SUSE

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SUSE Linux Professional

Current Version: 10.1

Editions: Professional, Live Eval, openSUSE

Features: 2.6.16, KDE 3.5, Gnome 2.12, X.Org 6.9, Xen, OpenOffice.org 2.0

Package management system: SUSE's native RPM-based software management is done through YAST (Yet Another Setup Tool).

Price: Free download (openSuSE), or $99.99 USD at Best Buy (http://www.bestbuy.com) for the retail version in the US, or order direct from Novell (http://www.novell.com/linux).

Website: Novell SUSE Linux (http://www.novell.com/products/linuxprofessional/index.html) or openSUSE (http://www.opensuse.org)

Reviews:

User opinions:

History: For those of you who didn't know this particular chunk of distro trivia, SUSE used to stand for 'System und Software Entwicklung'. Entwicklung is German for 'development'. SUSE used to be written S.u.S.E to represent the fact that it actually meant something, and then changed to SuSE (no full-stops), but it's now just SUSE and doesn't mean anything any more (or so we're told).

English people are notorious for pronouncing SUSE 'incorrectly', with the most common variants being 'sooz' (rhymes with lose), 'soose' (rhymes with loose) or 'suzy' (rhymes floozie). It's supposed to be pronounced 'SUE-zuh' (rhymes with User (though not with any regional inflection) or Lollapalooza), which is a peculiarity in itself - usually people are allowed to pronounce things as they wish, but people who pronounce SuSE the non-German way are often corrected. Anyone know why it is we care so much about sue-zuh?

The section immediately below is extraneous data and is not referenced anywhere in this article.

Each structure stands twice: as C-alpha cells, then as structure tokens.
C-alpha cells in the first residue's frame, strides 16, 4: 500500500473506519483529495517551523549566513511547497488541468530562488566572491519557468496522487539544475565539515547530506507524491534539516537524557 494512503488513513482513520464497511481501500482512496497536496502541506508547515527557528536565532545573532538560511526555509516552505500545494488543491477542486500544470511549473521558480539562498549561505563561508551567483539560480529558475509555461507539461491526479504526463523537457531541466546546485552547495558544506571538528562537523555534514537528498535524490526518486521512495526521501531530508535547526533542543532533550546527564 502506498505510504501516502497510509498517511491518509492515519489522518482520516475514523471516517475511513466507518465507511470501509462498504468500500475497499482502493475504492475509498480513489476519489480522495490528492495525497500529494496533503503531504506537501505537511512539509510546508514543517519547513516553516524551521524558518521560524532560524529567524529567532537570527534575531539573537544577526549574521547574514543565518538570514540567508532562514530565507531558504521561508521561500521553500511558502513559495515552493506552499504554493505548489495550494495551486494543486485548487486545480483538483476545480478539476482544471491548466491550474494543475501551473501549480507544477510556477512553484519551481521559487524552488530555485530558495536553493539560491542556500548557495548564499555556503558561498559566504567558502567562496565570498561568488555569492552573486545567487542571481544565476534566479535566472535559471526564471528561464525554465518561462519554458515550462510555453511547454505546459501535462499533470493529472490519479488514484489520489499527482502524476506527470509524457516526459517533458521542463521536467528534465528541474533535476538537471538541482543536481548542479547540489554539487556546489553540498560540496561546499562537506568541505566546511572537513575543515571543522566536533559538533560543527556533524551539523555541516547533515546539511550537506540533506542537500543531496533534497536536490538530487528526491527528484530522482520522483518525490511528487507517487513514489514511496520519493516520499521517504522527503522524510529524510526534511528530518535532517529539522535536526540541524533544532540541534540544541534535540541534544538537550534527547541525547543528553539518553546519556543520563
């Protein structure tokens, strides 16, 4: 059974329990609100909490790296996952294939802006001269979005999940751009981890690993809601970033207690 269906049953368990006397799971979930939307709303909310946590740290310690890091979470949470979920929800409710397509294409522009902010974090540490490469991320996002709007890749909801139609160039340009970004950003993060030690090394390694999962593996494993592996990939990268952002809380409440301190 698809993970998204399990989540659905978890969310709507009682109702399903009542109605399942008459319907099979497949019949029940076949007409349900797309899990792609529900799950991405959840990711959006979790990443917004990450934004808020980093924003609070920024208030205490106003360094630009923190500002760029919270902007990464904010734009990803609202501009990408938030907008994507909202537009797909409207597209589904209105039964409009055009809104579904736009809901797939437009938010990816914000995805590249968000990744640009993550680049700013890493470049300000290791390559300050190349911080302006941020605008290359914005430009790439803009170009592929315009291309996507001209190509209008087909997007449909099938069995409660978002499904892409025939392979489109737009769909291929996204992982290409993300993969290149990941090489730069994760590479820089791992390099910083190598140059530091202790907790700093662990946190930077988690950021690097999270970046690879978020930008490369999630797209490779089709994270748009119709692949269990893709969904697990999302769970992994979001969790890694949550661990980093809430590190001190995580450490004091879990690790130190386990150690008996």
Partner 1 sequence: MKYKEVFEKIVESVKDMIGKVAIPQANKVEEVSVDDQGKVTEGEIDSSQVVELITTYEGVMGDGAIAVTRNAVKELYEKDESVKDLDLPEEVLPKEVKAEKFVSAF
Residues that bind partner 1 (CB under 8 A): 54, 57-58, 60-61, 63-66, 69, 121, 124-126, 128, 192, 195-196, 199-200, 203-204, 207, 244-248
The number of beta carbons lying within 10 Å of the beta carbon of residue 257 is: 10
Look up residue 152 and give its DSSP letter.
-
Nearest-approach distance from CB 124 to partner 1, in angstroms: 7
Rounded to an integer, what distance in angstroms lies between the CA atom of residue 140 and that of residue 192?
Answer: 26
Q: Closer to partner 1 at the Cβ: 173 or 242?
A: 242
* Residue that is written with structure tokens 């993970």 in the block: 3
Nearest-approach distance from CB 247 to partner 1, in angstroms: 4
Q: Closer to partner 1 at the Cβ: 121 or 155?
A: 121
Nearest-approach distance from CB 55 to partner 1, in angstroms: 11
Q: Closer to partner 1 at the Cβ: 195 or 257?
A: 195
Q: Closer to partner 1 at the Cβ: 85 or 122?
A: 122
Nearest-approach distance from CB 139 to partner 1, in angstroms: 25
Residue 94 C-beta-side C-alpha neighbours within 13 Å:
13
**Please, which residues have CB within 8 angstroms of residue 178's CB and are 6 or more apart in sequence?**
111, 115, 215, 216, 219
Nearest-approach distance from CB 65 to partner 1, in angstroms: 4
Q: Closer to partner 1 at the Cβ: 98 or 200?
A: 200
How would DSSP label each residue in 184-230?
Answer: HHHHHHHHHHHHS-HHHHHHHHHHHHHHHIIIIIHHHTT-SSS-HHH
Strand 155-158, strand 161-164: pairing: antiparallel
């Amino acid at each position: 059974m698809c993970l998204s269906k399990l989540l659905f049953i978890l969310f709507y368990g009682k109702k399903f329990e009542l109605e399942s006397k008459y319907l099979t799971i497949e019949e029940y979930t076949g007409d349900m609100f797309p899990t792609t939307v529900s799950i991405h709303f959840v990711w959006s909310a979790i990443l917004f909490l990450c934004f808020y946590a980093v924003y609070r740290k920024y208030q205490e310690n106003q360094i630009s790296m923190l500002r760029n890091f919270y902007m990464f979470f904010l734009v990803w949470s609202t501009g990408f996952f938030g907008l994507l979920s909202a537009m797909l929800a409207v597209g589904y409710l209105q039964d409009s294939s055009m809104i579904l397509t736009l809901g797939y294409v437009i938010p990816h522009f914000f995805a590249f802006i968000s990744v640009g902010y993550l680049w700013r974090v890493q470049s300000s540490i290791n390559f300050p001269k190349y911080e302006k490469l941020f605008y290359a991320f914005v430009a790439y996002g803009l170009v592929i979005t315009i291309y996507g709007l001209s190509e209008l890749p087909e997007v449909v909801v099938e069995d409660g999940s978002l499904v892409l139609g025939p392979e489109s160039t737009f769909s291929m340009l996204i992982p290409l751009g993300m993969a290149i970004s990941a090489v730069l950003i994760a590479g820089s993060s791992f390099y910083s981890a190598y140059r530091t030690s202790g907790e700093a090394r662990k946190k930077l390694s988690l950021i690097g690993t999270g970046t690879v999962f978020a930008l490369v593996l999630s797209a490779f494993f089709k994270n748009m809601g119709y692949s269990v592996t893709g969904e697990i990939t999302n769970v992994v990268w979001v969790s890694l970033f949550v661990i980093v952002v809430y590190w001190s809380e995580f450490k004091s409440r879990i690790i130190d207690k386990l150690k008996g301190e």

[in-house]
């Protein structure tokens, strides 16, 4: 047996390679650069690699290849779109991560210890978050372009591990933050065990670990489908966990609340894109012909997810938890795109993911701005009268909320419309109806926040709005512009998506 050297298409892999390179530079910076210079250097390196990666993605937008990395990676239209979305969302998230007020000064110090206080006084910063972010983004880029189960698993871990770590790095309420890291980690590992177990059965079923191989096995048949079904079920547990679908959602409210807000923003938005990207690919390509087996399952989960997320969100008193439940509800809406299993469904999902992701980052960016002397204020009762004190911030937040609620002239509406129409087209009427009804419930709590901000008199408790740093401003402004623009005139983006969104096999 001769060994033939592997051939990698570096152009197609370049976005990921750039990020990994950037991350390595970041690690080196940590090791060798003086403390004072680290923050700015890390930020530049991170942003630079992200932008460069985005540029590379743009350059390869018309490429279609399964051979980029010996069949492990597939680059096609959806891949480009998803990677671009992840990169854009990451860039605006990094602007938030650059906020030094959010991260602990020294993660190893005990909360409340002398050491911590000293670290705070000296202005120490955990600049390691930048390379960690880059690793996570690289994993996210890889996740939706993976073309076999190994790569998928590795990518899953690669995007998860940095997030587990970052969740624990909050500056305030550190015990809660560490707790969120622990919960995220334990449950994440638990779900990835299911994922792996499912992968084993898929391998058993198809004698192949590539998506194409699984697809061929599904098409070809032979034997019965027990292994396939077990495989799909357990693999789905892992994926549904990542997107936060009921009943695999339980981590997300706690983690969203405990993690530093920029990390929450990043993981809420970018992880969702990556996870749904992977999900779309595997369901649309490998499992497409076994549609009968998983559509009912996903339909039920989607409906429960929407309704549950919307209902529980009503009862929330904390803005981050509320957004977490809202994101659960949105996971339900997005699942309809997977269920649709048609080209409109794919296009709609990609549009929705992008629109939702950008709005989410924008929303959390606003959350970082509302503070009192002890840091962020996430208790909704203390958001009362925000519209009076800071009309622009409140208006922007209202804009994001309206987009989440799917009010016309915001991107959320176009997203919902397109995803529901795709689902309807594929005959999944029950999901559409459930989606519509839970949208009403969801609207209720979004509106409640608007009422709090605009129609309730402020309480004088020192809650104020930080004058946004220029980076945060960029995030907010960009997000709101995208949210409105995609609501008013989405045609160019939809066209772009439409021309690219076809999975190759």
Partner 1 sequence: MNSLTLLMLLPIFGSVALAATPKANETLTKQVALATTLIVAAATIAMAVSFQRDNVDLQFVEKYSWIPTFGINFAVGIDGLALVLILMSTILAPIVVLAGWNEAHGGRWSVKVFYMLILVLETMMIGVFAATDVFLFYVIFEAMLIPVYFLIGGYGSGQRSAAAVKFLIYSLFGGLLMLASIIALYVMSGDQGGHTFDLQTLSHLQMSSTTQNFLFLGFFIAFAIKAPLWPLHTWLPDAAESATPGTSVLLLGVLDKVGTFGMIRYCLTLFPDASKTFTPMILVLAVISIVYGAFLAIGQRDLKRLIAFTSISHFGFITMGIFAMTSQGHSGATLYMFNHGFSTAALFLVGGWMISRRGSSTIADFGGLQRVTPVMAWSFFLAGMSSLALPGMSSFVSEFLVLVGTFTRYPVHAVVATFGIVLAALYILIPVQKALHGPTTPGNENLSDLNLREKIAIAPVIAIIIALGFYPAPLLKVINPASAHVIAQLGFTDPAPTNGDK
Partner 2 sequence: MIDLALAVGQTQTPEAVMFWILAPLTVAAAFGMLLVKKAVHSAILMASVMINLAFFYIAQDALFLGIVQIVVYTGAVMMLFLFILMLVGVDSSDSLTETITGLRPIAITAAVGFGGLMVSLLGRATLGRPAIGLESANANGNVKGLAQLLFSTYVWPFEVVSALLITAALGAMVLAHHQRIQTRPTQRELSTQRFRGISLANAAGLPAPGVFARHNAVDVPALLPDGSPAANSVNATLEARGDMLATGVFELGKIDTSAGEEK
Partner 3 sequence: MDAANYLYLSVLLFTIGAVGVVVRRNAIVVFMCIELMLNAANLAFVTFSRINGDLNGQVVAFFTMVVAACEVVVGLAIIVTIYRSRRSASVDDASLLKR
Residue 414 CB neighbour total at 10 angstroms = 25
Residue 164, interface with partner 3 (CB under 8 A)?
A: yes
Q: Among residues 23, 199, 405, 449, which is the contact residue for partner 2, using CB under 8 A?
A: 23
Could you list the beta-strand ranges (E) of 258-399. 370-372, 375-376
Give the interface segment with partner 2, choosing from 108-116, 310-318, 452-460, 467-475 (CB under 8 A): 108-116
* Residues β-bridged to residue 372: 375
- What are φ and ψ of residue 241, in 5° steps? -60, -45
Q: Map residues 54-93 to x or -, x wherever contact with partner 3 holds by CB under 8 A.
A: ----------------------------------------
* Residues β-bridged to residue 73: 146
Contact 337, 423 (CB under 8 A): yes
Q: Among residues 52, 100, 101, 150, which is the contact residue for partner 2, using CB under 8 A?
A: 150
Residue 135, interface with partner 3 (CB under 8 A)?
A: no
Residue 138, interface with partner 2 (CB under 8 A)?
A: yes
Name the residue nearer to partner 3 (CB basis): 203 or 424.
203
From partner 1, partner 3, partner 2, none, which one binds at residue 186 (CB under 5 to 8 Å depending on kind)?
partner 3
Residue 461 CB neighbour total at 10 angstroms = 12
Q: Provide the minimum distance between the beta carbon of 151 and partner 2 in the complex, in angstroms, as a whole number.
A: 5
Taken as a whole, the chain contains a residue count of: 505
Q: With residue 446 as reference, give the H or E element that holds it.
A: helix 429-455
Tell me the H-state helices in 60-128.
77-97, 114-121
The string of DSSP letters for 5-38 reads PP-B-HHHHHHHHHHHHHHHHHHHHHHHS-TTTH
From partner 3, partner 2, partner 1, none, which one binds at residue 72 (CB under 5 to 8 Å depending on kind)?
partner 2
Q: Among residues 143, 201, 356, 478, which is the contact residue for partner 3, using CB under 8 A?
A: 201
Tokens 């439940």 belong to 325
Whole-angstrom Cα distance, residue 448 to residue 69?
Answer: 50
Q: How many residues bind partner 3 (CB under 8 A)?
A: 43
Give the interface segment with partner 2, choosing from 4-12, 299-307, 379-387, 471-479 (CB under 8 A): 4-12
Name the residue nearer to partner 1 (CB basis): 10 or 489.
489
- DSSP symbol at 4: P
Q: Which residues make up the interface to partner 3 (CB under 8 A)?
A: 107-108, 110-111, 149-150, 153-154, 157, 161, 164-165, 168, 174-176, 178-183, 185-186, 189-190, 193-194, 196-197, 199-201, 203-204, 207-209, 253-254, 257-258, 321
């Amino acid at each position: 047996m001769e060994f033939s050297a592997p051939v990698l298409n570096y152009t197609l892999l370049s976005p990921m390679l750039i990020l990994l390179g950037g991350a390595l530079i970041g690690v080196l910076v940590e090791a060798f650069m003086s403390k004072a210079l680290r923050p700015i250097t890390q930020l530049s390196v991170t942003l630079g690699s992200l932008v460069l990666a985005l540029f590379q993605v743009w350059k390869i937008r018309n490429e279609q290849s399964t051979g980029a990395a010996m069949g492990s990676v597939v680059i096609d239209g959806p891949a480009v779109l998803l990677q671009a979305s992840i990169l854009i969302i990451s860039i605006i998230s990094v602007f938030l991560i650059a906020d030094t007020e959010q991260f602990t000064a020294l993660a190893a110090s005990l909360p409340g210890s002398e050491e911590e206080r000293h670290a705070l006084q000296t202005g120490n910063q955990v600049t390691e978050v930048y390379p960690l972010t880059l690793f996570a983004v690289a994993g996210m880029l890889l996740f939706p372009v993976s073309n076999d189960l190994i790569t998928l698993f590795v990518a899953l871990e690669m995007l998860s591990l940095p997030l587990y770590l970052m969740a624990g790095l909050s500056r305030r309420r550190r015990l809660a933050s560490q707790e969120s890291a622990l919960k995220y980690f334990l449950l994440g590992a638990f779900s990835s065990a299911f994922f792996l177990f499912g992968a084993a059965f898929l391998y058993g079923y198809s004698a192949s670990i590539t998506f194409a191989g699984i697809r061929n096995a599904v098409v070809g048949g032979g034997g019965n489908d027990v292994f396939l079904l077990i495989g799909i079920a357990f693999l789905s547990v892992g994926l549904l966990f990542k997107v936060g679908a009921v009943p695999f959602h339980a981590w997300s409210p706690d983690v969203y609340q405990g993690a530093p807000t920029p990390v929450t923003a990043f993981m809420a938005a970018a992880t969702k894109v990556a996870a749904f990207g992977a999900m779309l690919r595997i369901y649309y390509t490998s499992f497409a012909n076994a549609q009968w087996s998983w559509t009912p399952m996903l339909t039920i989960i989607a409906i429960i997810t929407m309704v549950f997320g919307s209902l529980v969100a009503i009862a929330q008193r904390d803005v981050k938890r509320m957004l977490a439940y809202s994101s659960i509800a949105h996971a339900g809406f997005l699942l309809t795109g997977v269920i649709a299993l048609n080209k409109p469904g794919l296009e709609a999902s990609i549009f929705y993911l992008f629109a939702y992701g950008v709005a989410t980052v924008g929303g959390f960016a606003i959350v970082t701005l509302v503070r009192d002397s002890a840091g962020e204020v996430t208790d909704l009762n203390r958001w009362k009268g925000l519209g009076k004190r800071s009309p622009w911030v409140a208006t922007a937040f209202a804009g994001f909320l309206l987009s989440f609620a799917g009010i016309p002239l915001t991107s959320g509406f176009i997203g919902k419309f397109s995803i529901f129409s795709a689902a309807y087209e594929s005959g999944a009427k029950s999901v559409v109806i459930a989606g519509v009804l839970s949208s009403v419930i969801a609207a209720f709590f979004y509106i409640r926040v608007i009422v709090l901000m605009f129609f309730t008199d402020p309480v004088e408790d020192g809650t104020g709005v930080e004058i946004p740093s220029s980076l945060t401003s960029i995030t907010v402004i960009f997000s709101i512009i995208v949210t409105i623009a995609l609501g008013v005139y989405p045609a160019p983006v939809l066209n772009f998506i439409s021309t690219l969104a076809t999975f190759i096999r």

It seems that there's quite some debate about the correct pronunciation of SUSE. In English 'received pronunciation', 'sue' is pronounced differently to 'soo', instead being closer to 'syoo'. SUSE is definitely not pronounced Syoozuh. Long live soo-zuh.


Current: Novell completed the aquisition of SUSE Linux on 13 January 2004 - Novell Completes Acquisition of SUSE LINUX (http://www.novell.com/news/press/archive/2004/suse_archive/novell_closing.html). Since then Novell SUSE LINUX Professional has remained a cutting edge distribution incorporating new technologies rapidly. Paid versions with installation support and documentation continue to be released every six months with a free downloadable version available 3 - 4 months later.

Novell also produce other versions of Linux including Novell Linux Small Business Suite 9 (http://www.novell.com/products/linuxsmallbiz/index.html), SUSE LINUX Enterprise Server 9 (http://www.novell.com/products/linuxenterpriseserver/index.html) and NovellĀ® Open Enterprise Server (http://www.novell.com/products/openenterpriseserver/index.html).
--ollie 09:19, 30 Aug 2005 (BST)


System Requirements: You can install SuSE on a Celeron or a Pentium II of at least a clock speed of 233Mhz. (I have successfully installed SuSE on a 266Mhz Celeron machine.) If you do, you will need to have at least 256MB of RAM for the 10.x versions, and at least 128MB of RAM for the 9.x versions, and you will need to run hdparm -c3 /dev/hda to speed up the performance.

I do not recommend installing SuSE on machines with less than 128MB of RAM. You need at least 96MB of RAM just for YaST in text mode.

I do recommend that you install SuSE on at least a 500Mhz Pentium III machine with at least 256MB of system RAM for real performance. Generally, the faster the machine, and the more memory you have, the better.

PCI and AGP based video cards are a must for this distribution. As for the audio card, PCI-based audio cards are preferred as they are autodetected and configured. I recommend a Sound Blaster Live!, Audigy or other Creative Labs audio card as this type is well supported by Linux, and newer Creative Labs cards are supported with commercial Linux drivers.


Best Used: SuSE is best used on both laptops and desktops as there is extensive support for both in terms of open source and commercial drivers and software.


-- Patrick G Horneker 2006-09-27 Cybernightlife: Everyday Home and Small Business Computing the Linux Way (http://cybernightlife.50megs.com)